Funny—but not funny enough to carry the plot’s weaknesses

THE DAY THE MUSTACHE CAME BACK

From the Mustache series , Vol. 2

After The Day the Mustache Took Over (2015), Nathan and David Wohlfardt find a familiar face in their new nanny, who claims to be their old nanny’s twin brother.

He says his name is Myron Hyron Dyron and that he is not Martin Healey Discount, whom the boys and readers met in the first book, but Martin’s twin brother, and he has come to be their new nanny. Since he displays the identical mustache and nutty quirkiness, plus some knowledge about them that he shouldn’t have, Nathan and David are unconvinced. They chart out his wacky quirks, sorting into columns that support Martin and Myron as the same person or separate people (and also types of pigeons). There’s some quality silliness and clever wordplay, but too frequently the humor coasts on randomness, which takes on its own form of predictability. The episodic first half of the book fails to deliver narrative tension—it’s never established why it matters if they solve the Myron-Martin mystery (something Nathan even points out). At the midpoint, Martin returns, and the nannies compete in a one-month contest to determine which will get to stay. While the story has more forward motion here, Myron and Martin are too similar for readers to care which one wins. The eventual solution comes entirely from Nathan and David’s mother. Both Wohlfardts and nannies are evidently white, judging from cover art.

Funny—but not funny enough to carry the plot’s weaknesses . (Fiction. 7-9)

Pub Date: July 5, 2016

ISBN: 978-1-61963-560-9

Page Count: 208

Publisher: Bloomsbury

Review Posted Online: April 13, 2016

Kirkus Reviews Issue: May 1, 2016

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An enjoyable, endearing collection.

TOO SMALL TOLA

A young girl learns that she doesn’t have to be big to make a difference.

Tola lives in Lagos, Nigeria, with her siblings—sister Moji and brother Dapo, who call her “Too Small Tola” because she is the smallest—under the care of their grandmother. Each of the three short chapters tells of Tola’s adventures while immersing readers in Lagos daily life. In Tola’s first adventure, Grandmommy chooses Tola to take shopping, causing Tola to panic as she worries she won’t be able to carry their purchases. After collecting everything from Grandmommy’s seemingly never-ending list, they make their way home, taking plenty of breaks that leave Tola’s siblings jealous. For her second adventure, she must collect water from the well near their building and then make it to school on time, but she must conquer a mean, older kid first. Tola’s final adventure occurs during a time of celebrations when Eid falls at the same time as Easter. Readers follow along as Tola takes on the challenge of measuring clients for Mr. Abdul—a tailor who lives in Tola’s building—after he breaks his leg. This collection of stories is perfect for transitioning readers, with its manageable chapters, clear, plain language, simple sentence structures, wry sense of humor, and realistic illustrations of the diverse Nigerian cast. While some elements may be unfamiliar to readers outside Tola’s culture, readers will find anchors in Tola’s relationships.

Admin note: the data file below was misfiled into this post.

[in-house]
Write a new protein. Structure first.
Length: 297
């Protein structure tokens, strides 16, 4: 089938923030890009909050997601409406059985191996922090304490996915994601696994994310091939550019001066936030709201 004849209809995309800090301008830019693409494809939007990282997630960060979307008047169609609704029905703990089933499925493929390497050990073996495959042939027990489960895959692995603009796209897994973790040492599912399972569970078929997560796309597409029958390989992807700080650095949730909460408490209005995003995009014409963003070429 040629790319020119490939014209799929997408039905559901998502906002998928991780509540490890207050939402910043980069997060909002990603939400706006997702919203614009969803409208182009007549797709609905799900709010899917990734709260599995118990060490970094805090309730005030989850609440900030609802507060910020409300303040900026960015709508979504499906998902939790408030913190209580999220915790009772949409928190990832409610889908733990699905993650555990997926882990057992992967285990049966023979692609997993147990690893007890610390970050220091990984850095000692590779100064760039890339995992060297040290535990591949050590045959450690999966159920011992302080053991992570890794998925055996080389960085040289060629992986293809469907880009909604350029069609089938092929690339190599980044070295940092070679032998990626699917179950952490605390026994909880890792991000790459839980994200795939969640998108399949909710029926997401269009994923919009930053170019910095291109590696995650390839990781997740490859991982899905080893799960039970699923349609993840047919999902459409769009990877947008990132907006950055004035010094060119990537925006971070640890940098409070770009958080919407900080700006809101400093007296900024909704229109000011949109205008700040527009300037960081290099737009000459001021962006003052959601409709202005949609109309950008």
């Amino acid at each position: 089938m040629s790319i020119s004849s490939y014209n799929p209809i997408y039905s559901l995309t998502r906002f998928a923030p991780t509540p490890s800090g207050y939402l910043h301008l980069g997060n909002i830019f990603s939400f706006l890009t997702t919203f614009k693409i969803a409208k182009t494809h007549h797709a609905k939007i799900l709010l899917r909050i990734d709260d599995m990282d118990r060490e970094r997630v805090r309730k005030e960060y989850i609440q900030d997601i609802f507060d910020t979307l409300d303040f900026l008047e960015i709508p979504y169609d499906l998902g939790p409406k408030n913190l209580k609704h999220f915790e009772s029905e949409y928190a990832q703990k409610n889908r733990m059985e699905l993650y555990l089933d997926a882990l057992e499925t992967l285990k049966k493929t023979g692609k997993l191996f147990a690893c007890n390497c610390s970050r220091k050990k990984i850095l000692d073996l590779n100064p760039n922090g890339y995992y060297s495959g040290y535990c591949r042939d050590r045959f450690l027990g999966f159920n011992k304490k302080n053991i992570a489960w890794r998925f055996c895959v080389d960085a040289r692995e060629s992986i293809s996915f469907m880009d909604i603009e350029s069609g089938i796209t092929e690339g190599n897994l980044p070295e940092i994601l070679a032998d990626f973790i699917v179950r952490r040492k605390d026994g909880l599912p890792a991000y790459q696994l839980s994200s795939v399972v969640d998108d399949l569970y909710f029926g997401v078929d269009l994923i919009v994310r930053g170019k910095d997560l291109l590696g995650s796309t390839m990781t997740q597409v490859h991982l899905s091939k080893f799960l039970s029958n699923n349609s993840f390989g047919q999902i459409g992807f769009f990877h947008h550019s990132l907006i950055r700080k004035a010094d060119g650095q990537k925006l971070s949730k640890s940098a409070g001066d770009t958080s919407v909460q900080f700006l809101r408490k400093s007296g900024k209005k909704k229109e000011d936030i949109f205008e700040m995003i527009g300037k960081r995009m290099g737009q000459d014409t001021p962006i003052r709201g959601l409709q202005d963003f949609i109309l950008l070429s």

An enjoyable, endearing collection. (Fiction. 7-9)

Pub Date: March 2, 2021

ISBN: 978-1-5362-1127-6

Page Count: 96

Publisher: Candlewick

Review Posted Online: Jan. 13, 2021

Kirkus Reviews Issue: Feb. 1, 2021

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Italics and exclamation points may be overused, but this new humorous series is full of gently amusing magical surprises.

THE SUPER-SPOOKY FRIGHT NIGHT!

From the Hubble Bubble series , Vol. 1

Shades of Bewitched, the old TV show featuring a witch married to a regular guy.

This new chapter-book series stars Pandora, a white girl with two grandmas—the good witch, Granny Crow, in a patterned minidress, whose magical powers enliven any party or school outing, and Granny Podmore, in her cardigan and plaid skirt, a kind but stereotypical grandmother who cleans and cooks. Pandora’s friends include Nellie, a black girl, and Nellie’s mom is also depicted as black in the exuberant line drawings with gray washes. The three chapterlong adventures are rather tame, meant for readers who want fun rather than fright. In “The Super-Spooky Fright Night!” (all titles have exclamation points), the two grandmothers host a Halloween party. Granny Crow creates “bat-shaped cookies that hung around the bowls, and a custard cat (that actually meowed!).” Granny Podmore makes “the neatest swans” from napkins. Granny Crow conjures up musical broomsticks when Granny Podmore wants to introduce musical chairs. The evening ends happily when Granny Podmore uses Ollie, her vacuum cleaner, to suck up little pumpkins from Granny Crow’s pumpkin pop gone wild. Only Granny Crow appears in the other stories, making teddy bears come alive to give a “teddy bears’ picnic!” and causing a nasty teacher to accidentally cast a spell that turns a school swimming lesson into utter chaos.

Italics and exclamation points may be overused, but this new humorous series is full of gently amusing magical surprises. (Fantasy. 7-9)

Pub Date: Aug. 23, 2016

ISBN: 978-0-7636-8653-6

Page Count: 128

Publisher: Nosy Crow/Candlewick

Review Posted Online: June 1, 2016

Kirkus Reviews Issue: June 15, 2016

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